Kenya’s universities are starring at financial crisis as incomes from fee-paying students decline following reforms introduced in national examinations last year, an international conference heard Wednesday.
Public universities have been depending on fees from parallel degree programmes while private universities largely generate their revenues from the fees. But this is going to drop dramatically this year as number of applicants go down.
Consequently, the universities have to seek new modes of funding to keep themselves afloat as traditional revenue streams run dry.
A Moi University lecturer, Charles Nyandusi said the changes in the Kenya Certificate of Secondary Education (KCSE) had drastically reduced the number of university qualifiers, all of whom are now assured of government sponsorship, hence cutting the numbers of those going for parallel degree programmes or joining private universities.
“The advantage is that universities will no longer have to struggle with bulging classes, but they have to contend with reduced incomes from fee-paying students,” he said.
“The universities must therefore think differently to generate new funds to survive.”
Mr Nyandusi was speaking at the ongoing conference of the African Association of Universities in Accra, Ghana, and called on universities to shift focus to collaborative research and innovation to attract funds from the industry and international research organisations.
Last year, Education Cabinet secretary Fred Matiang’i introduced stringent measures in national exams to curb erstwhile rampant cheating and the outcome was that the number of candidates scoring inordinately high marks, as before, dropped remarkably.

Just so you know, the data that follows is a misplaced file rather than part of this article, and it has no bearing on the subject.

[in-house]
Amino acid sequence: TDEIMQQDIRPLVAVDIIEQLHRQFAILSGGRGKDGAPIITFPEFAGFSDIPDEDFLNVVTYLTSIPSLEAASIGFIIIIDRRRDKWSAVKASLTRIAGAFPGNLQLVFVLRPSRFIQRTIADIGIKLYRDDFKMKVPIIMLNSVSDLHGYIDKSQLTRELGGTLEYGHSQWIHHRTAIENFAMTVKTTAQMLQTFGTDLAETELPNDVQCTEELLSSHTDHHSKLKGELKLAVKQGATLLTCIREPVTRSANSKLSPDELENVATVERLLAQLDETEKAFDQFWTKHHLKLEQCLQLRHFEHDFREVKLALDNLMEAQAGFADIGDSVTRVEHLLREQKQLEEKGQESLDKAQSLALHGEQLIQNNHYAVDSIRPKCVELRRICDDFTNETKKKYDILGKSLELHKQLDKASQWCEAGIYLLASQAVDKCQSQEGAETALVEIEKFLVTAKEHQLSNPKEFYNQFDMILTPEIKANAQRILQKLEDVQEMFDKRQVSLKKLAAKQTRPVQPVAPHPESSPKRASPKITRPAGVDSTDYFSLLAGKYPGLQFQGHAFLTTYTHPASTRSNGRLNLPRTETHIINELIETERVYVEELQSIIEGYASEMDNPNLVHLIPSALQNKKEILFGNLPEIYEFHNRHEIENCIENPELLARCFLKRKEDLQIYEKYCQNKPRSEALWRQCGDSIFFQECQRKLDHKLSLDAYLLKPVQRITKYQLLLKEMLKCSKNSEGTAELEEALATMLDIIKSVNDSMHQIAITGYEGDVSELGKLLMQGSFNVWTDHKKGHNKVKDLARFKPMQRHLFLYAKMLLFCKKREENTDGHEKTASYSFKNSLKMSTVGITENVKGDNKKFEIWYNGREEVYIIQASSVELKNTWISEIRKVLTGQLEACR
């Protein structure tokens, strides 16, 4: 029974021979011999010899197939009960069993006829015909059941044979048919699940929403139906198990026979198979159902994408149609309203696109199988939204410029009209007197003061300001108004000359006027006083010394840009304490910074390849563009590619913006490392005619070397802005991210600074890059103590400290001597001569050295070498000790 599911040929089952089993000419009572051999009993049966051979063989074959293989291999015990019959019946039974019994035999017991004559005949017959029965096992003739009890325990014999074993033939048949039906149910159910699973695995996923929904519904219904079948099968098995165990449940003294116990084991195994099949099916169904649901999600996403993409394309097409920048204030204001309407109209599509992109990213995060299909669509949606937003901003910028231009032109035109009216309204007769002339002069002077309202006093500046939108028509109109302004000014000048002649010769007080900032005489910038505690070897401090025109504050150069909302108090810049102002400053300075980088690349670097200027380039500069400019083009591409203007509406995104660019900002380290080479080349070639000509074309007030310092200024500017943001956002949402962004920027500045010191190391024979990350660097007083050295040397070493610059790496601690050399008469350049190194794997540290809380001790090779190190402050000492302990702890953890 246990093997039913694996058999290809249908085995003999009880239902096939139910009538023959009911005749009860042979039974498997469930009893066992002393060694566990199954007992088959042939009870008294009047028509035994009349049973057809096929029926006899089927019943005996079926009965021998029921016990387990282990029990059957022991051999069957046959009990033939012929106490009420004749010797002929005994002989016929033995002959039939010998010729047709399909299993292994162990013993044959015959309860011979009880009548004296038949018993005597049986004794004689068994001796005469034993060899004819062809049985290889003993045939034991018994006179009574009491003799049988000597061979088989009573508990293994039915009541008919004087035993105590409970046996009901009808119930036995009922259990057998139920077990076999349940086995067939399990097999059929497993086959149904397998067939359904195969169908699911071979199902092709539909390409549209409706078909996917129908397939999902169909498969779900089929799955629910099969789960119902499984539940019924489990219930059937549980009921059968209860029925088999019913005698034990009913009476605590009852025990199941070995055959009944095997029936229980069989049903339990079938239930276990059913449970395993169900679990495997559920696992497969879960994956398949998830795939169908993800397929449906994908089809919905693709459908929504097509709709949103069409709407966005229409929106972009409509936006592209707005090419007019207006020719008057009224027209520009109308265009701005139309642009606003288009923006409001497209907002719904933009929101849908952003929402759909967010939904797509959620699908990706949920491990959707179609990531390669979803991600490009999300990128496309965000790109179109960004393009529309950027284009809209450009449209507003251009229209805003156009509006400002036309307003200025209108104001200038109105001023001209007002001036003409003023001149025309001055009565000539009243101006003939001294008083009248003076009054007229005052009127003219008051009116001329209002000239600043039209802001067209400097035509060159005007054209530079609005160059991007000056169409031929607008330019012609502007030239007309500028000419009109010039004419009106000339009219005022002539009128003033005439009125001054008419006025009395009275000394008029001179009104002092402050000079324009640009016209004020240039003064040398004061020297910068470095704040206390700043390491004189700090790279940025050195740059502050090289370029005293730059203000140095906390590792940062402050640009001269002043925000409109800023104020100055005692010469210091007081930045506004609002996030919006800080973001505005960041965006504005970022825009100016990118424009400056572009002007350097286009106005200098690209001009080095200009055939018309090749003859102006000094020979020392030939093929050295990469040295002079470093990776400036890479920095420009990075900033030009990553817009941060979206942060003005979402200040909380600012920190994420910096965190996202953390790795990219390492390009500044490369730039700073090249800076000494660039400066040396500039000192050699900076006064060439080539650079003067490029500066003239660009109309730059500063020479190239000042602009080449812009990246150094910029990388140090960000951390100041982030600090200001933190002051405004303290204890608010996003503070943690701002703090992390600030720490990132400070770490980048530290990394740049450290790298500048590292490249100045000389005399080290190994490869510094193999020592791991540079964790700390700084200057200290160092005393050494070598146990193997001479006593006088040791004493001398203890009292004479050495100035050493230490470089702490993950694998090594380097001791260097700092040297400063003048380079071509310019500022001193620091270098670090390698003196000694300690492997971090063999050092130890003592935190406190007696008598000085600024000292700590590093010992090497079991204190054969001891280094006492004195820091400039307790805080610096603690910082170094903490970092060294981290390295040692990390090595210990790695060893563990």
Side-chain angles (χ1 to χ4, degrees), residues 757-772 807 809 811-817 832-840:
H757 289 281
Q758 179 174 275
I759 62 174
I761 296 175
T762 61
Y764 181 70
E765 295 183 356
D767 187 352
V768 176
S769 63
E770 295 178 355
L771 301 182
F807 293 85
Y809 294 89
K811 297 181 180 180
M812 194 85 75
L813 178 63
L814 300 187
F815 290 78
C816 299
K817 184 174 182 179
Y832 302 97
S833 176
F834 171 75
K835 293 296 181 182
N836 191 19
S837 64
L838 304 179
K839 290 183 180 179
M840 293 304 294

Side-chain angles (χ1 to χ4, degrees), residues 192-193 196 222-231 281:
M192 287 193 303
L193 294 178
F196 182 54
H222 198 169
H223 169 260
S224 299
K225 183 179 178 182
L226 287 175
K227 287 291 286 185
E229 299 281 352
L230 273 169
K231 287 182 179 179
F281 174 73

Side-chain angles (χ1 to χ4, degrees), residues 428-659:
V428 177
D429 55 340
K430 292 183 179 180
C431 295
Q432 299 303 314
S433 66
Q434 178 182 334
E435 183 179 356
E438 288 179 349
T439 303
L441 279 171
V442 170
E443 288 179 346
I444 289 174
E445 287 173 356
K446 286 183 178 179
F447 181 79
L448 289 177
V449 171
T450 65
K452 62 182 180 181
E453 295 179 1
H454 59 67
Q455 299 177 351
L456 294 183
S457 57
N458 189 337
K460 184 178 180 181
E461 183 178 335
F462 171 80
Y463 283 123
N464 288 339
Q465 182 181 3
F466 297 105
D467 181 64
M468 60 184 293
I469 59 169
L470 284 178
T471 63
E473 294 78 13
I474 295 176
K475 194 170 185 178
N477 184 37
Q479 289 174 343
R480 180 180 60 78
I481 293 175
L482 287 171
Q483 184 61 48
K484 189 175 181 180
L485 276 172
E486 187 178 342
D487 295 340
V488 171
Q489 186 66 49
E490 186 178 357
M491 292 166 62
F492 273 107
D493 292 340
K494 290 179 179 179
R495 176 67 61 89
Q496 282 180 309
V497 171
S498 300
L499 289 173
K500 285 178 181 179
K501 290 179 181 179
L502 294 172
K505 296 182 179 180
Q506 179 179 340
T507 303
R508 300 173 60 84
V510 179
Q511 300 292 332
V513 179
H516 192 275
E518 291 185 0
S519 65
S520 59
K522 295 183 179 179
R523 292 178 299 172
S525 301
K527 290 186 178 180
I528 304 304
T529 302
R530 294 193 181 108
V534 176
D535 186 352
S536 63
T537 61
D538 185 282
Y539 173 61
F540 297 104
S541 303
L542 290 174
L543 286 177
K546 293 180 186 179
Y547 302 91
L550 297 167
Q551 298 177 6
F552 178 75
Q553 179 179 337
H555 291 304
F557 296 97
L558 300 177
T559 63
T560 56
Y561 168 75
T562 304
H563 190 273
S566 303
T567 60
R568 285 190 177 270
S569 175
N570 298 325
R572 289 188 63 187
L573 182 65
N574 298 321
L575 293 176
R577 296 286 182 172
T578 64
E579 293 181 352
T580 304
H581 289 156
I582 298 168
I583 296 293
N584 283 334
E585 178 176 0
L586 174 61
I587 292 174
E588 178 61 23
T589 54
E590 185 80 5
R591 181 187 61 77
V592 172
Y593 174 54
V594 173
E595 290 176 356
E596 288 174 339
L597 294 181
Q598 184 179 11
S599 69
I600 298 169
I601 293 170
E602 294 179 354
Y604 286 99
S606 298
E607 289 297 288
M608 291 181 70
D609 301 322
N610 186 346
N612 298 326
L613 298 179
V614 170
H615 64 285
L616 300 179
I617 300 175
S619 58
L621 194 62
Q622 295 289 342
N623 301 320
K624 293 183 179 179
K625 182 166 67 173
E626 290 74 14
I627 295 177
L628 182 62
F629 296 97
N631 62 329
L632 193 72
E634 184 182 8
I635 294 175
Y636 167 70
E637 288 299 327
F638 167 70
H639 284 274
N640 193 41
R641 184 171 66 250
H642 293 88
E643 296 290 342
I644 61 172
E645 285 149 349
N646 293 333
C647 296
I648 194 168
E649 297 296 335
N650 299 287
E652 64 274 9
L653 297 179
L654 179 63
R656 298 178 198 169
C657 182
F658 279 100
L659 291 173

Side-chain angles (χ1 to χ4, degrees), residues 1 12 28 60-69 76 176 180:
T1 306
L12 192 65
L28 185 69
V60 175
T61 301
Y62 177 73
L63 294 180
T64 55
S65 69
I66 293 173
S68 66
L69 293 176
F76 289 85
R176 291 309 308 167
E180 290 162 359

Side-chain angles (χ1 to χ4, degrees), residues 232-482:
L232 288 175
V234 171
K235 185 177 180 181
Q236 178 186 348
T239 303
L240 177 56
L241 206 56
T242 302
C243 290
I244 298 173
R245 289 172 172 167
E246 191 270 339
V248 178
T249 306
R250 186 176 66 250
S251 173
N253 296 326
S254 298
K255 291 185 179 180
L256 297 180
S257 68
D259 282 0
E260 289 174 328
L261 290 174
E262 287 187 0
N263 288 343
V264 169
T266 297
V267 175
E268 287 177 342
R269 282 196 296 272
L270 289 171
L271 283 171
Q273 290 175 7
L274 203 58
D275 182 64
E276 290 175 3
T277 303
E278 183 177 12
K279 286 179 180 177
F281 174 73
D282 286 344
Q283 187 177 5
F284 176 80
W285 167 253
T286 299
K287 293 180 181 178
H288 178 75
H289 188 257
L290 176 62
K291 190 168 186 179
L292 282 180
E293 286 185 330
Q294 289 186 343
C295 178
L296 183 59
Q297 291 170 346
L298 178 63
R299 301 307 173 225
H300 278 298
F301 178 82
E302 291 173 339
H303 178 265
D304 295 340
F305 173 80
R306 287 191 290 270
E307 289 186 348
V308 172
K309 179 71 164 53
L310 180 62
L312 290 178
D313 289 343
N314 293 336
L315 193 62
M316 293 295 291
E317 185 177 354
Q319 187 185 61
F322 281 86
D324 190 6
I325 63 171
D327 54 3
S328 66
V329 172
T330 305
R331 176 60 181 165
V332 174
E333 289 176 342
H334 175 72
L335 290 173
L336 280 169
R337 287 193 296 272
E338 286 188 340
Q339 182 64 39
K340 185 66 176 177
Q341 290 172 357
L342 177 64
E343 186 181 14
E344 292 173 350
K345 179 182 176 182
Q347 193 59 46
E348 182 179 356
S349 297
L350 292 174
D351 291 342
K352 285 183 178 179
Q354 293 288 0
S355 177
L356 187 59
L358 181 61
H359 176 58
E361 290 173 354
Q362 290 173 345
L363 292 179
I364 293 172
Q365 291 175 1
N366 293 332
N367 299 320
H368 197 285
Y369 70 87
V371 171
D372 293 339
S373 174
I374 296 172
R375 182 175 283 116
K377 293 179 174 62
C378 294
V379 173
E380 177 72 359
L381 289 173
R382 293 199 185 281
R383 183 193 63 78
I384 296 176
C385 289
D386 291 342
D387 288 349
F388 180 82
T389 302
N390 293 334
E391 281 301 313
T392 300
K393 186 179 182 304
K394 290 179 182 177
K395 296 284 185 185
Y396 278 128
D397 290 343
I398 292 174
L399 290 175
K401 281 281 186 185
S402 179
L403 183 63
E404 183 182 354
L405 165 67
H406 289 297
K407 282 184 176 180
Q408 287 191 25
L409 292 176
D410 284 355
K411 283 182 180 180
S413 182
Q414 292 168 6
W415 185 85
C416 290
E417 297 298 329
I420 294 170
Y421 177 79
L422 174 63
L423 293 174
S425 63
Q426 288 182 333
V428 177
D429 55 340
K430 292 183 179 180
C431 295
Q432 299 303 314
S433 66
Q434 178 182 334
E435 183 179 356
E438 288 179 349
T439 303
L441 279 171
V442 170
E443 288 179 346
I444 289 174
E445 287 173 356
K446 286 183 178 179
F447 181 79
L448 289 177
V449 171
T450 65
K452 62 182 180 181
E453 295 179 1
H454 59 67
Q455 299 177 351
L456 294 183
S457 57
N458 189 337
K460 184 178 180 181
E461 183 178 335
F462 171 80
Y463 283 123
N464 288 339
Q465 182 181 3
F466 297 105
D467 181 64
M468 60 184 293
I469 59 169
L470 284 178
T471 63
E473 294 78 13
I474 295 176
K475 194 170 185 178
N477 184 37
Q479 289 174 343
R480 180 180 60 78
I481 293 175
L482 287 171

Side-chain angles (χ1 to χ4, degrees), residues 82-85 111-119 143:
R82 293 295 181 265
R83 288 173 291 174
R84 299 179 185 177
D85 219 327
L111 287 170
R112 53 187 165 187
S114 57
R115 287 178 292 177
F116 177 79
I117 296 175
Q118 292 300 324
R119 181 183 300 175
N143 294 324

About 89,000 candidates scored grades C+ and above last year, the minimum entry point for university, compared to 169,000 in 2015.
The qualifiers are just about the number of students the universities can admit in any given year. For the 2015 cohort, the universities admitted about 85,000, leaving nearly half of the qualifiers, who then joined parallel degree programmes in public and private universities.
However, this presents a challenge to the universities to think more creatively and innovatively to generate resources, said Mr Nyandusi.
Meanwhile, Kenyatta University has been selected to host the inaugural postgraduate degree programme on regional integration.
The masters’ degree in regional integration will admit students from the Comesa countries and is supported by the African Capacity Building Foundation.
Dr Folasade Ayonrinde, the head of the Foundation in West Africa, said the programme aimed at supporting African countries to entrench regional integration.
The university was selected on the basis of strong tradition on open and distance learning, earlier pioneered by the virtual university initiative.